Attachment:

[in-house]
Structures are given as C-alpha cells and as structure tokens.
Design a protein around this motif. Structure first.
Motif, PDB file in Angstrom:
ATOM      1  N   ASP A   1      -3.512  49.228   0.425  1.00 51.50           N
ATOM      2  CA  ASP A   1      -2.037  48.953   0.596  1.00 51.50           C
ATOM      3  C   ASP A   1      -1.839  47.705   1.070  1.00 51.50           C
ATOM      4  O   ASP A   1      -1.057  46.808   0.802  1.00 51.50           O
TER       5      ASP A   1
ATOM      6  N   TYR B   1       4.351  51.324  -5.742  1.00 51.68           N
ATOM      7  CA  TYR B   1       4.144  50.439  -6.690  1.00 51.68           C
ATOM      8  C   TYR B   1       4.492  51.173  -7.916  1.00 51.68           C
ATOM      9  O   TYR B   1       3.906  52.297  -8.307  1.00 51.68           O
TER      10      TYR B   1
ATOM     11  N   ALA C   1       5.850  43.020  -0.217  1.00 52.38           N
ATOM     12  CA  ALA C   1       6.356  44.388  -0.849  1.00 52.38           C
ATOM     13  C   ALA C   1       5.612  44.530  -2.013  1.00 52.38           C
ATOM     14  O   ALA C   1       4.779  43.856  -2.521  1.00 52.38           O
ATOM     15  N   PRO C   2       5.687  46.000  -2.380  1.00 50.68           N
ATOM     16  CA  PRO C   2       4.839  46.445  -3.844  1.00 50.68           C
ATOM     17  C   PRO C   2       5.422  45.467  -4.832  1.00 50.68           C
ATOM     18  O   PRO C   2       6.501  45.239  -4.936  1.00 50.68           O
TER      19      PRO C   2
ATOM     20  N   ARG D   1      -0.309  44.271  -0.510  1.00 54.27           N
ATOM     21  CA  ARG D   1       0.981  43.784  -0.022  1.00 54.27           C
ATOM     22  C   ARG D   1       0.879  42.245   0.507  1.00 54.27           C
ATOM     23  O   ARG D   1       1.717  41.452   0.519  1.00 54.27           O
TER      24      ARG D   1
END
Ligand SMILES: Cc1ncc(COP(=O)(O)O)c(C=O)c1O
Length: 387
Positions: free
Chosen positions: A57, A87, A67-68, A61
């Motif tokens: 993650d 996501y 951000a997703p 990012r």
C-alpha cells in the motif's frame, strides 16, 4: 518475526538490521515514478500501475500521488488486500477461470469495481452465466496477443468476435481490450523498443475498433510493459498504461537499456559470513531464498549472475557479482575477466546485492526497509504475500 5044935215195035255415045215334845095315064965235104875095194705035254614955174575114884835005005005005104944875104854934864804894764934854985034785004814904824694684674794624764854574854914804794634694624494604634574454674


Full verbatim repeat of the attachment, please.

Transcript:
[in-house]
Structures are given as C-alpha cells and as structure tokens.
Design a protein around this motif. Structure first.
Motif, PDB file in Angstrom:
ATOM      1  N   ASP A   1      -3.512  49.228   0.425  1.00 51.50           N
ATOM      2  CA  ASP A   1      -2.037  48.953   0.596  1.00 51.50           C
ATOM      3  C   ASP A   1      -1.839  47.705   1.070  1.00 51.50           C
ATOM      4  O   ASP A   1      -1.057  46.808   0.802  1.00 51.50           O
TER       5      ASP A   1
ATOM      6  N   TYR B   1       4.351  51.324  -5.742  1.00 51.68           N
ATOM      7  CA  TYR B   1       4.144  50.439  -6.690  1.00 51.68           C
ATOM      8  C   TYR B   1       4.492  51.173  -7.916  1.00 51.68           C
ATOM      9  O   TYR B   1       3.906  52.297  -8.307  1.00 51.68           O
TER      10      TYR B   1
ATOM     11  N   ALA C   1       5.850  43.020  -0.217  1.00 52.38           N
ATOM     12  CA  ALA C   1       6.356  44.388  -0.849  1.00 52.38           C
ATOM     13  C   ALA C   1       5.612  44.530  -2.013  1.00 52.38           C
ATOM     14  O   ALA C   1       4.779  43.856  -2.521  1.00 52.38           O
ATOM     15  N   PRO C   2       5.687  46.000  -2.380  1.00 50.68           N
ATOM     16  CA  PRO C   2       4.839  46.445  -3.844  1.00 50.68           C
ATOM     17  C   PRO C   2       5.422  45.467  -4.832  1.00 50.68           C
ATOM     18  O   PRO C   2       6.501  45.239  -4.936  1.00 50.68           O
TER      19      PRO C   2
ATOM     20  N   ARG D   1      -0.309  44.271  -0.510  1.00 54.27           N
ATOM     21  CA  ARG D   1       0.981  43.784  -0.022  1.00 54.27           C
ATOM     22  C   ARG D   1       0.879  42.245   0.507  1.00 54.27           C
ATOM     23  O   ARG D   1       1.717  41.452   0.519  1.00 54.27           O
TER      24      ARG D   1
END
Ligand SMILES: Cc1ncc(COP(=O)(O)O)c(C=O)c1O
Length: 387
Positions: free
Chosen positions: A57, A87, A67-68, A61
């Motif tokens: 993650d 996501y 951000a997703p 990012r």
C-alpha cells in the motif's frame, strides 16, 4: 518475526538490521515514478500501475500521488488486500477461470469495481452465466496477443468476435481490450523498443475498433510493459498504461537499456559470513531464498549472475557479482575477466546485492526497509504475500 5044935215195035255415045215334845095315064965235104875095194705035254614955174575114884835005005005005104944875104854934864804894764934854985034785004814904824694684674794624764854574854914804794634694624494604634574454674